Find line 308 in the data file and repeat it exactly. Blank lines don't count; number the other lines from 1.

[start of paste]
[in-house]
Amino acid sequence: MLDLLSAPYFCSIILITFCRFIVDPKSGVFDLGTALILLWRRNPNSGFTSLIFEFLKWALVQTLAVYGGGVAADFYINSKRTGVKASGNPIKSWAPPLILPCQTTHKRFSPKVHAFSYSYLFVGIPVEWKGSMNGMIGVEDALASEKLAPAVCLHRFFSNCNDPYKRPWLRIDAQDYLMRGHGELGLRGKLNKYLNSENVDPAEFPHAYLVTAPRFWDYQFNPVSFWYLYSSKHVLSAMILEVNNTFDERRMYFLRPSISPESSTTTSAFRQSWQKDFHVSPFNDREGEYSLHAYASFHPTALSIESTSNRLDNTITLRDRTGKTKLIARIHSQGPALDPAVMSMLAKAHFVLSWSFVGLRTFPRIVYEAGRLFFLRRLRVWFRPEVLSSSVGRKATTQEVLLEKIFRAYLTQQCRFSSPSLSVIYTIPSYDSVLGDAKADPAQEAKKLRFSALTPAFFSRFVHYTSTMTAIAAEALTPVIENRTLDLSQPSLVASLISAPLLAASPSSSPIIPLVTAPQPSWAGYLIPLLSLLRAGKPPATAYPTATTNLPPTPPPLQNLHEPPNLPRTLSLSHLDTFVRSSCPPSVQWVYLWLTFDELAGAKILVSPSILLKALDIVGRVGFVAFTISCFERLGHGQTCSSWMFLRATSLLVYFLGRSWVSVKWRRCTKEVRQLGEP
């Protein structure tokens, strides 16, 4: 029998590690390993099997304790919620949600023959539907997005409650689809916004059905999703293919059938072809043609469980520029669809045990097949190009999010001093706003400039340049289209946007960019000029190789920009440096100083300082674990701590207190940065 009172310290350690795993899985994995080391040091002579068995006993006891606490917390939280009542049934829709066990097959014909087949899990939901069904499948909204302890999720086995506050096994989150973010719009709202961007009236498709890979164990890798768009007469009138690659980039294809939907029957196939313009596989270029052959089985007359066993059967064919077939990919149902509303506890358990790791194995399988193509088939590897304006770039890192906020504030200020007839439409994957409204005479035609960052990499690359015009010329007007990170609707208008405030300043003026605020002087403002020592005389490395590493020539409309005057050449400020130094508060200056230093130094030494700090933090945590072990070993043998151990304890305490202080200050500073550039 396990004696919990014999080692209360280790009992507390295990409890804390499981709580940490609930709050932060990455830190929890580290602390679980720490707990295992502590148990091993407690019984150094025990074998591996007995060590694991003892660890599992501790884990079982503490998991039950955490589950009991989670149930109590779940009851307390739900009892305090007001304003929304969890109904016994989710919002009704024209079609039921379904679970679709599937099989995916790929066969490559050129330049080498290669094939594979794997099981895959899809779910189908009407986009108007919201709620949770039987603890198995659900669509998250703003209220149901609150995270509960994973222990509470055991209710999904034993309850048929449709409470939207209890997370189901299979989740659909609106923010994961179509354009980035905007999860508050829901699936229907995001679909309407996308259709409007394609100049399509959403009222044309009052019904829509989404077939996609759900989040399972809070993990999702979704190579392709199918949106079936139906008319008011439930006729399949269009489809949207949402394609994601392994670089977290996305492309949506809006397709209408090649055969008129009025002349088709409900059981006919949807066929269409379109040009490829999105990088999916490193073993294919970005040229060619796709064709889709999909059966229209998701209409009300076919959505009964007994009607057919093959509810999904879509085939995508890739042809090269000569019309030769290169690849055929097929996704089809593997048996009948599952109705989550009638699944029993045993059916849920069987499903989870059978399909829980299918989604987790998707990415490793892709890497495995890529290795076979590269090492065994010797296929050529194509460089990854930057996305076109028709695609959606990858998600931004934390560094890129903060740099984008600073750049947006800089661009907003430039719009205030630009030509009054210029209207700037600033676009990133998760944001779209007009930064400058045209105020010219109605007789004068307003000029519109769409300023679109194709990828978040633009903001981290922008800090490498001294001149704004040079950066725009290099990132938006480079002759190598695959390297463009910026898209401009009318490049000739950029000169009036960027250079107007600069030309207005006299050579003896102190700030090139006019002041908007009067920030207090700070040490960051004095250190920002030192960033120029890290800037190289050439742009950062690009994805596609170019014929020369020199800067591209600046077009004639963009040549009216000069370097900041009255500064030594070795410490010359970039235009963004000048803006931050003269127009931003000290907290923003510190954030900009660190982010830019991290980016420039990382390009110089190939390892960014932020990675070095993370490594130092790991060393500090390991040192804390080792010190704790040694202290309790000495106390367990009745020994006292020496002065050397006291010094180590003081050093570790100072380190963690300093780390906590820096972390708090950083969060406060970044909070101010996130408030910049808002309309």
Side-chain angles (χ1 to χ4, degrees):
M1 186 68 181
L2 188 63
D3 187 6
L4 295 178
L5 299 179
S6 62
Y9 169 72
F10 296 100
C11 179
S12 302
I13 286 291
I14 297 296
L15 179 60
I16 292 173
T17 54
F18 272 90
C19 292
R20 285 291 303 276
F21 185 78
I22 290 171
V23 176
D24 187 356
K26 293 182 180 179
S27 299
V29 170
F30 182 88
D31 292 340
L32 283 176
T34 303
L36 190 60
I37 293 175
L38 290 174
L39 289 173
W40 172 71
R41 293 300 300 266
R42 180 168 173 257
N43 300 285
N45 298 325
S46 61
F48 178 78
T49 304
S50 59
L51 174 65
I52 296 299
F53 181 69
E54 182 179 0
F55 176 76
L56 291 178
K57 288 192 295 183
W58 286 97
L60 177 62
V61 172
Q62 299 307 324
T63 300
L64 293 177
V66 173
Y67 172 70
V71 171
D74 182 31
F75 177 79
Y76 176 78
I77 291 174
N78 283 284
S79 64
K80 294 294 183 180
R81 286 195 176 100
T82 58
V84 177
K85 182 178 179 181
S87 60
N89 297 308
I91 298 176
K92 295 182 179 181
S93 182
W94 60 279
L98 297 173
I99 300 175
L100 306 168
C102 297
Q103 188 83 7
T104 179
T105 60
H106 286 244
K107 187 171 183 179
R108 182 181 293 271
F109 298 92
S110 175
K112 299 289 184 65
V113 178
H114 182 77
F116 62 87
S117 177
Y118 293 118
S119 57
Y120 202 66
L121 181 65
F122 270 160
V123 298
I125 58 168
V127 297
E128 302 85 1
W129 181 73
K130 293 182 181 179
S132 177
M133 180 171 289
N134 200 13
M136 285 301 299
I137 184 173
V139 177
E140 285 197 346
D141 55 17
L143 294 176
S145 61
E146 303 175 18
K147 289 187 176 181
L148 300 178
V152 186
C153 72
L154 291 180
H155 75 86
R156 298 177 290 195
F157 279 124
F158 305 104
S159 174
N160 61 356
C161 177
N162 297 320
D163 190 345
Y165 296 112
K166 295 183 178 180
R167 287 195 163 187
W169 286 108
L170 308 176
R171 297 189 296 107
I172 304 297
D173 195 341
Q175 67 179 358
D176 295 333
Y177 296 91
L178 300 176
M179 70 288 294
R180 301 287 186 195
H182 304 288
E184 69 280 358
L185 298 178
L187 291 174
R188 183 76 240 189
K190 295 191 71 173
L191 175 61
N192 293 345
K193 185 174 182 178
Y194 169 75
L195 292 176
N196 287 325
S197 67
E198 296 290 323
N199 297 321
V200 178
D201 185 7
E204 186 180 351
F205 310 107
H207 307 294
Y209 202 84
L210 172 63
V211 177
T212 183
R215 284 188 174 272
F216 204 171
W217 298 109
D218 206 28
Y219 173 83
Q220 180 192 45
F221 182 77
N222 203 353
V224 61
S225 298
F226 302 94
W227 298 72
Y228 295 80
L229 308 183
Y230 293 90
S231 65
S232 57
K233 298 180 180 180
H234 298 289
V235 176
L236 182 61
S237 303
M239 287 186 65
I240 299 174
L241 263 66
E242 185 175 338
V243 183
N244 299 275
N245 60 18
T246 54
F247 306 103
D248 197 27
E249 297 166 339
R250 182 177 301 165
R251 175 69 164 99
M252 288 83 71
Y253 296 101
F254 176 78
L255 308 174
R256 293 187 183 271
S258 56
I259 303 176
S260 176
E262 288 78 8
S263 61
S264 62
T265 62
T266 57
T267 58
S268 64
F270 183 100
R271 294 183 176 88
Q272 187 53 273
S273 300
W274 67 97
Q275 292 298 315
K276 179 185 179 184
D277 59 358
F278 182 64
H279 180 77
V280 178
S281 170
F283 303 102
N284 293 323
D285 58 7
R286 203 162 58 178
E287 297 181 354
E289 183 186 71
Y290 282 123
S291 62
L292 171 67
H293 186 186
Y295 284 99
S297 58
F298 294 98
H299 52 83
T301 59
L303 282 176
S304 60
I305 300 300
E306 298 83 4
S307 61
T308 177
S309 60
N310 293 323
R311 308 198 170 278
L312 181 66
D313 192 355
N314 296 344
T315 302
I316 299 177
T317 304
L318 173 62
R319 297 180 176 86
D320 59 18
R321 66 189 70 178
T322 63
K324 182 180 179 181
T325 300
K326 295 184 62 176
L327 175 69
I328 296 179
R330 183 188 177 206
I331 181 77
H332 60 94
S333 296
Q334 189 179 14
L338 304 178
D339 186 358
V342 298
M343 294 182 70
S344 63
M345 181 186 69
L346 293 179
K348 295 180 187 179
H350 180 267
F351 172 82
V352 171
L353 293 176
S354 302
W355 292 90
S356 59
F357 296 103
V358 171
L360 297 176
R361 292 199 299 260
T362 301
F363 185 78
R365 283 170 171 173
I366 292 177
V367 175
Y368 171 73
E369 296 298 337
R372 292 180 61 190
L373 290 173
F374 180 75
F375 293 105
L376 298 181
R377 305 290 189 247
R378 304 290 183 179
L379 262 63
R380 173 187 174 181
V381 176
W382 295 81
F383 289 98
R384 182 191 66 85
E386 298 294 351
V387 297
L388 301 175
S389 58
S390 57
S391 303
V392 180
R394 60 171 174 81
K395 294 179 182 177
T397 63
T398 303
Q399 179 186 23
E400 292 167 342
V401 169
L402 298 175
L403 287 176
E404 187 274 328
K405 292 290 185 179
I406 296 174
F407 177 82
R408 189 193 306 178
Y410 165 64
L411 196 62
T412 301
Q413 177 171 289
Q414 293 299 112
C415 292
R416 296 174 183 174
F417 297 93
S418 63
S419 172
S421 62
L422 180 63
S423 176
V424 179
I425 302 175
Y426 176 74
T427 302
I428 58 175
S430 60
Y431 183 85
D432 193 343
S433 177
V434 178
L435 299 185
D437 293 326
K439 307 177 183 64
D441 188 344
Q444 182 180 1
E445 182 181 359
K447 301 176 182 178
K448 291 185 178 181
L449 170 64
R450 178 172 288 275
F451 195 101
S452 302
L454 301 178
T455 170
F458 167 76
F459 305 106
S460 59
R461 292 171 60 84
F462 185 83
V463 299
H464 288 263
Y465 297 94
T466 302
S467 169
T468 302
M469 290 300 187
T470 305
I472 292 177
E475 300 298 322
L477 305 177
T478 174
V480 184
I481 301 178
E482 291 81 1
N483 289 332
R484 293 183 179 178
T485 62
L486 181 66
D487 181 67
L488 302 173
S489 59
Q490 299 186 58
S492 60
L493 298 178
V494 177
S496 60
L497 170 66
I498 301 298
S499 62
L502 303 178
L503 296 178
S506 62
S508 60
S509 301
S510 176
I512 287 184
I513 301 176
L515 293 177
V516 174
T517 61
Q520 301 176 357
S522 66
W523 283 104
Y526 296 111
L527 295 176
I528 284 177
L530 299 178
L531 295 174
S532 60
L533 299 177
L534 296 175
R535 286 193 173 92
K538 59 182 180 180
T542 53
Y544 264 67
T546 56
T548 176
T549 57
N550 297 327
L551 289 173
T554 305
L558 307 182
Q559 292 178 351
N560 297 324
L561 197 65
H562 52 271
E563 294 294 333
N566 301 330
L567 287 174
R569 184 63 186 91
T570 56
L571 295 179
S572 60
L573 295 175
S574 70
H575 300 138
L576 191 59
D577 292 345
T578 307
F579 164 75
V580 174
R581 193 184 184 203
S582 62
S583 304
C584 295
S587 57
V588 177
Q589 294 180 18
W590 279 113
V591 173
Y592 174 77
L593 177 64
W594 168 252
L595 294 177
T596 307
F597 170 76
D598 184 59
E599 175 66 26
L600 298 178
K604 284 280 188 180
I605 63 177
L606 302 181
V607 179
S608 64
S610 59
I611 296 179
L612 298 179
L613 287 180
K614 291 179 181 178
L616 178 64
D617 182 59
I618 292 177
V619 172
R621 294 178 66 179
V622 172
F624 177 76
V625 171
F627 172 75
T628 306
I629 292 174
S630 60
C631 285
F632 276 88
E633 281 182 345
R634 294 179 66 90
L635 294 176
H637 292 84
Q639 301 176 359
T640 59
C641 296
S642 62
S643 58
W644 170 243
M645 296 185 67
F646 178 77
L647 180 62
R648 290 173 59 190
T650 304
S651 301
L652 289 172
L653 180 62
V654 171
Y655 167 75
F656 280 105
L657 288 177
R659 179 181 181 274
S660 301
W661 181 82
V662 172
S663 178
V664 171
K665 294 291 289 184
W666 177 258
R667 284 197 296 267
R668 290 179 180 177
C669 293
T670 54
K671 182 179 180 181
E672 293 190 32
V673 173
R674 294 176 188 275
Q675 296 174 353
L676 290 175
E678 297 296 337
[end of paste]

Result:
L376 298 181